Sometimes, girls need to begin cancer treatment right away. This doesn’t allow time for the 2-week fertility treatment. Instead, egg collection may occur after only brief fertility treatment. Or even without it. However, these eggs will not have fully matured in the ovaries. The eggs must then undergo in vitro maturation. This means that the eggs mature in a laboratory.
Researchers are still learning about in vitro maturation. Success rates are lower than when freezing eggs that matured in the ovaries.
Ovarian tissue freezing followed by transplantation. Freezing eggs is not an option for girls who have not gone through puberty. Freezing ovarian tissue for later transplantation may be an option for these girls. This method is sometimes called ovarian cryopreservation. Previously considered experimental, this procedure is improving and becoming a more standard option.
It’s done as an outpatient laparoscopic surgery. Laparoscopy uses a thin, lighted tube called a laparoscope to remove ovarian tissue. The laparoscope is inserted through a small cut made in the abdominal wall by the surgeon. The surgery lasts about an hour.
Later, ovarian tissue can be transplanted during an outpatient procedure. The tissue can be transplanted to the pelvis or under the skin.
A limited number of experts offer ovarian tissue freezing. For some types of cancer, the doctor may advise against tissue freezing. There may be concern that transplanted tissue could carry cancer cells back into the body.
Ask a fertility specialist to help you evaluate this option.
Talk with your daughter’s health care team about the risk of infertility based on her treatment plan. You may decide against fertility-preserving techniques with cancer treatments that have a low risk of affecting fertility. Many girls go through puberty after cancer treatment and have children naturally.
Fertility options for boys
Certain methods prevent or lower the risk of damage in boys. For example, the health care team can shield a boy’s testicles during radiation therapy. They may also use a treatment plan that avoids or reduces doses of chemotherapy that are linked to infertility.
When damaging the testicles cannot be avoided, ASCO recommends the following options to help preserve fertility:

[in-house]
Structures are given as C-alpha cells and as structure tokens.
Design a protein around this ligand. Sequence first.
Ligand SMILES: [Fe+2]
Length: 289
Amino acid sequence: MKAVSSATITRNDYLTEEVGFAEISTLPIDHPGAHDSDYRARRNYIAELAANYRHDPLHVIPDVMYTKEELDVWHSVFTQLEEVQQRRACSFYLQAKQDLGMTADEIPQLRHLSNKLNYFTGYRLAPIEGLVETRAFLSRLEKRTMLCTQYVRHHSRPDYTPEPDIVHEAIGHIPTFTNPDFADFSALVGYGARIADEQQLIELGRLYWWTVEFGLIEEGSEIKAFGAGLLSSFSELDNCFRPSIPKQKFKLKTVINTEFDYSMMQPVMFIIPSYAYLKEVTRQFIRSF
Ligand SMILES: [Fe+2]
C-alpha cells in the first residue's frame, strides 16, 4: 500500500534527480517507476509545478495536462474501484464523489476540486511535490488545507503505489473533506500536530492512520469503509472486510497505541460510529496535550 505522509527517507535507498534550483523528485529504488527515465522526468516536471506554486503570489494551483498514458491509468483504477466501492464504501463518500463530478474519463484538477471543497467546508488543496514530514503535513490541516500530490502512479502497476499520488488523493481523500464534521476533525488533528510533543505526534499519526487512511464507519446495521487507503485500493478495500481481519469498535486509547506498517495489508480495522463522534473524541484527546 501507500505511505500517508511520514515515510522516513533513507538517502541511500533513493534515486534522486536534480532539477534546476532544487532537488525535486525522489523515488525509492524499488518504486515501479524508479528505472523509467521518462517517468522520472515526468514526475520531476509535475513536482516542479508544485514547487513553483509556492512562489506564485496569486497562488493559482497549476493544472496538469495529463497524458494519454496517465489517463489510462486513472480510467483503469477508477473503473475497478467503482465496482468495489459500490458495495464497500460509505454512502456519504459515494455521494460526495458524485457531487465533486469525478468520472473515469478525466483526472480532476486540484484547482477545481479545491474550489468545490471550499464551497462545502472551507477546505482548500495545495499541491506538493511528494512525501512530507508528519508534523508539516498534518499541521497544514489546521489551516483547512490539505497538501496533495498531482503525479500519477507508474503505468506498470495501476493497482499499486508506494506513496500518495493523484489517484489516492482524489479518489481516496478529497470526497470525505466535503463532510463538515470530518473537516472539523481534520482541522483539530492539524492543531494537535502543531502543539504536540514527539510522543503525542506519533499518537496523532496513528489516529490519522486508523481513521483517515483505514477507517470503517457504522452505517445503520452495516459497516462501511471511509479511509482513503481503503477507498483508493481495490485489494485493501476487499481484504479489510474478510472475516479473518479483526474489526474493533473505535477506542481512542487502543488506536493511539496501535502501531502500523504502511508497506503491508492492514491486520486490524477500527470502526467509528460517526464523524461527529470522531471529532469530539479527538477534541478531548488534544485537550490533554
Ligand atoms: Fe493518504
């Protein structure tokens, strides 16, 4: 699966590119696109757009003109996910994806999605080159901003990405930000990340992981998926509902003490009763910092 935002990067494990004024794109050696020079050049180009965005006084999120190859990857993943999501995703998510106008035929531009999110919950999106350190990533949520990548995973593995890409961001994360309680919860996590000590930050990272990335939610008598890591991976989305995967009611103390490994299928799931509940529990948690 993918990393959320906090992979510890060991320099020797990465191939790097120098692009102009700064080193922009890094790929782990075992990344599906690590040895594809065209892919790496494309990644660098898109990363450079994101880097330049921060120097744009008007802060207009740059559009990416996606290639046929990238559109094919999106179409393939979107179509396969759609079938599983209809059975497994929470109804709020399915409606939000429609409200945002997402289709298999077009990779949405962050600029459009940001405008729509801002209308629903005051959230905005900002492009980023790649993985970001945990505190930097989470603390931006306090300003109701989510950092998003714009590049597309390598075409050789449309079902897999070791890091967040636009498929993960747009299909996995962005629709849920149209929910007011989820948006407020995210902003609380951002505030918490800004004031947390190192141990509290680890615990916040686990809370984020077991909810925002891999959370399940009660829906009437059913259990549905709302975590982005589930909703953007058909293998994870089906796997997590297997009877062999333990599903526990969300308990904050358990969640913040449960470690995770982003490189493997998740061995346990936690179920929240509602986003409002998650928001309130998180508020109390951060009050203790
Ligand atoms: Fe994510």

Sperm banking. This is also called cryopreservation. It is a common, noninvasive option. However, it’s only possible with boys who have gone through puberty. Most boys have some sperm in their semen by about age 13.
This method involves collecting and freezing sperm. The sperm are then stored at a special center.
Some hospitals have sperm bank programs. And some clinics specialize in sperm banking.
Testicular tissue freezing. For boys who have not gone through puberty, freezing testicle tissue may help preserve fertility. This is still an experimental approach.
This method would involve collecting and freezing some testicle tissue. Hopefully, the tissue would contain stem cells that would later produce mature sperm. The health care team would then place the thawed tissue into the testicle. Or they would inject stem cells taken from the frozen tissue.
Researchers are still learning about all these options. There haven’t been reports of testicular transplants in patients.
For some types of cancer, the doctor may advise against tissue freezing. There may be concern that transplanted tissue could carry cancer cells back into the body.
Read more about ASCO’s recommendations for preserving fertility, found on ASCO’s website.
Questions to ask the health care team
Talk with your child’s health care team about how treatment may affect fertility. Consider asking these questions:
Could my child’s treatment plan affect his or her ability to have children?
Will this treatment affect my child’s ability to go through puberty?
For daughters: What are the chances this treatment will lead to early menopause? Can treatment affect some organs (like the lungs or heart) in a way that will increase the risk of problems during pregnancy or labor?
Are there other effective treatments that are not as risky?
What options are available to preserve fertility before treatment begins? Will they affect how well the cancer treatment works?
Would it be helpful to see a fertility specialist before treatment begins?
I’m worried about the costs of preserving my child’s fertility. Who can help me with these concerns?
After treatment, how will we know if my child's fertility has been affected?